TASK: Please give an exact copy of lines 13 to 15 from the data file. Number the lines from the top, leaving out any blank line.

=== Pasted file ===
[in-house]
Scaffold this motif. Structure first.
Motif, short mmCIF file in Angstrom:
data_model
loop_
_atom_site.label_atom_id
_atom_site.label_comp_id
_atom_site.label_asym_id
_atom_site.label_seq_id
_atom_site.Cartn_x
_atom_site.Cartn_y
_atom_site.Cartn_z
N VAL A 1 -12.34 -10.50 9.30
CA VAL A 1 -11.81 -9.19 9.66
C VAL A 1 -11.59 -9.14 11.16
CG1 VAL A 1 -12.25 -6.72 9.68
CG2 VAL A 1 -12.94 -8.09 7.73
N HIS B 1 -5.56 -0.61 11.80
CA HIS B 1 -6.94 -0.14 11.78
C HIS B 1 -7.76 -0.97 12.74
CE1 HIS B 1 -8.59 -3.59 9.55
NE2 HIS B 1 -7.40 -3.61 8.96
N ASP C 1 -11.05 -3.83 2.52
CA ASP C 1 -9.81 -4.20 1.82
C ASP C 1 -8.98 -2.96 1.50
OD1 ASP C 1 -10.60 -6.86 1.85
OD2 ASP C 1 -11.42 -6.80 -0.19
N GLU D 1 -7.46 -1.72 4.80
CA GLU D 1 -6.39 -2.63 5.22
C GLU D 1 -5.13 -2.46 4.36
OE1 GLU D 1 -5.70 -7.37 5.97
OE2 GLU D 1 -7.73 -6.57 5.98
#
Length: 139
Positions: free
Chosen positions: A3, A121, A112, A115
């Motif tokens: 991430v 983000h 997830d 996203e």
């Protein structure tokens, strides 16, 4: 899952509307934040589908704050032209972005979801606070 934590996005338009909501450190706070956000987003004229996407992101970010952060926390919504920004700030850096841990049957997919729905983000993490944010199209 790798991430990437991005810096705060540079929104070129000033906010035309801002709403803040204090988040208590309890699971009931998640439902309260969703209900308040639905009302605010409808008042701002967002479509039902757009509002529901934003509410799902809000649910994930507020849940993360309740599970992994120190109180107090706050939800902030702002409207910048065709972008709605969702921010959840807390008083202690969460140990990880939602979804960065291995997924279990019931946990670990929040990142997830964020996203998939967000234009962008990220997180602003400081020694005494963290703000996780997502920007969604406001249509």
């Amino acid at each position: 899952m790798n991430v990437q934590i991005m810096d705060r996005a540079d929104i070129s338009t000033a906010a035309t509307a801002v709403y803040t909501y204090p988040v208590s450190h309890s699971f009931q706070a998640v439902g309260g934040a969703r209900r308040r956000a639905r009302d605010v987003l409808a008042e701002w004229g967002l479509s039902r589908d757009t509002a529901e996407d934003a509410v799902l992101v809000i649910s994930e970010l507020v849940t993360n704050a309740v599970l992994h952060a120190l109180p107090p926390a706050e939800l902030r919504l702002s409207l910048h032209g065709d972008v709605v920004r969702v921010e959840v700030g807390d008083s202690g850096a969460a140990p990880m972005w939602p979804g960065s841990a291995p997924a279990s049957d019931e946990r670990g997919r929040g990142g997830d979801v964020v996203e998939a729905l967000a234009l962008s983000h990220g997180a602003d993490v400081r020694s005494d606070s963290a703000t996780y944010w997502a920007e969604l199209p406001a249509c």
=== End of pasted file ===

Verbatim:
N VAL A 1 -12.34 -10.50 9.30
CA VAL A 1 -11.81 -9.19 9.66
C VAL A 1 -11.59 -9.14 11.16